Moving as a unit is a significant characteristic of their press and allows them to be so overwhelming. This is especially seen in the image below. As England direct their build-up on the right side, Spain’s press shifts over. Bonmatí drops back into the midfield to close down their pivot. Spain’s left-back pushes up while the midfield comes across. They can create a 5v3 in this section of the pitch and significantly overwhelm England. As in possession, numerical superiority and overloads are a key part of Spain’s tactics.
In lower blocks, this intensity is maintained. While remaining compact, they still constantly press and relentlessly challenge the opposition. They sit in a 4-4-2 with Bonmatí sitting alongside the centre-forward as she would in a high block.
La Furia Roja’s behaviour in transition aligns with their principles in and out of possession. The same obsession around having the ball is kept, and their collective behaviour in transition aims to achieve that. Firstly, they adopt an intense counter-press system which is consistently effective. This system is especially effective for one factor. In possession, they move as a unit and are constantly around the ball. Consequently, when the ball is lost, they already have so many players there to win it back. It is a possession system that is built to instantly and smoothly transition to the next phase.
In the example below, after the Brazilian player wins the ball, Spain already has a player there to stop the immediate counterattack. Meanwhile, two other players come pressing from the other direction. La Roja surrounds the ball carrier and overwhelms them into losing possession.
Against Scotland, the same behaviour can be illustrated. While one player stops the Scottish player from immediately driving forward, others come in to swarm her. In this case, three players pressure and create a diamond shape around her, leaving her with no way out.
Transitioning to attack, Spain do not have an absolute strategy. Their behaviour is dependent on the situation at hand. When recovering the ball in their own third, they are hesitant to immediately throw players forward and will rather retain possession instead. In the middle third, the same can be said though there are times they push forward. When pressing high up the pitch, however, they will almost always counterattack upon recovering the ball. This is not only due to being in a very dangerous area but also often having numerical superiority in that area.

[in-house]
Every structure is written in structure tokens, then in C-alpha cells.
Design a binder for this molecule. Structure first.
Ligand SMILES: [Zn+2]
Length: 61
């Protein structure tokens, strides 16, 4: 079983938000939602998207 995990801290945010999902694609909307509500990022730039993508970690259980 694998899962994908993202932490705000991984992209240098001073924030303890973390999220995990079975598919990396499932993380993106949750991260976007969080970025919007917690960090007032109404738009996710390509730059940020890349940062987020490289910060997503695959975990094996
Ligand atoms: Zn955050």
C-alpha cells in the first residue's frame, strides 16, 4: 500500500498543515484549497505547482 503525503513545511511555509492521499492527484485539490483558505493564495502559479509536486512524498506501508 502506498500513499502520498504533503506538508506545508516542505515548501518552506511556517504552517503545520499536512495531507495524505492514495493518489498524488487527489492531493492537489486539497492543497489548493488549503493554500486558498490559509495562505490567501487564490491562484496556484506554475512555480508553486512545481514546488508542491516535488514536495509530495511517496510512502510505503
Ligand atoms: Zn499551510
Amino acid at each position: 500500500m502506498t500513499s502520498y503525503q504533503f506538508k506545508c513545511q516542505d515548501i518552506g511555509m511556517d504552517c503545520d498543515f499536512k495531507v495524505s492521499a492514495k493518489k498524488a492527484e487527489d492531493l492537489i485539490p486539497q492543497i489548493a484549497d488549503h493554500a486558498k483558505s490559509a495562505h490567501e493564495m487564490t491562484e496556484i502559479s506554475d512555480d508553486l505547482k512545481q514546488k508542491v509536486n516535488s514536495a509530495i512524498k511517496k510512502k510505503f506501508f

Vilda’s side has one idea which dictates their tactics throughout the four different phases: having the ball. In possession, they will value and dominate possession, attacking in a manner that does so while still being dangerous. Out of possession, they aim to recover the ball as soon as possible. In transition, the same idea is followed. Transitioning out of possession, they will immediately counter-press and attempt to recover the ball. Into possession, they will often simply retain possession though they will counterattack when higher up the pitch. In summary, the many principles and sub-principles revolve around the idea of having the ball.
In the last calendar year, Spain has averaged 3.33 xG per 90 from 23.67 shots per 90. La Roja’s attacking output is uncontested, with some key players leading the line. Unfortunately, Spain’s all-time leading goalscorer, Jennifer Hermoso, has been ruled out of the competition due to injury. However, Barcelona’s Clàudia Pina is one of the most probable replacements. Despite being just 20 years old, she scored 0.7 goals per 90 in the 2021/22 season. Although she is naturally a wide player, she has occasionally featured up top for Barcelona and is an amazing goalscorer. Athenea del Castillo, Esther González, and Amaiur Sarriegi are other possible replacements. Hermoso was such an important player, that replacing her will be no easy task.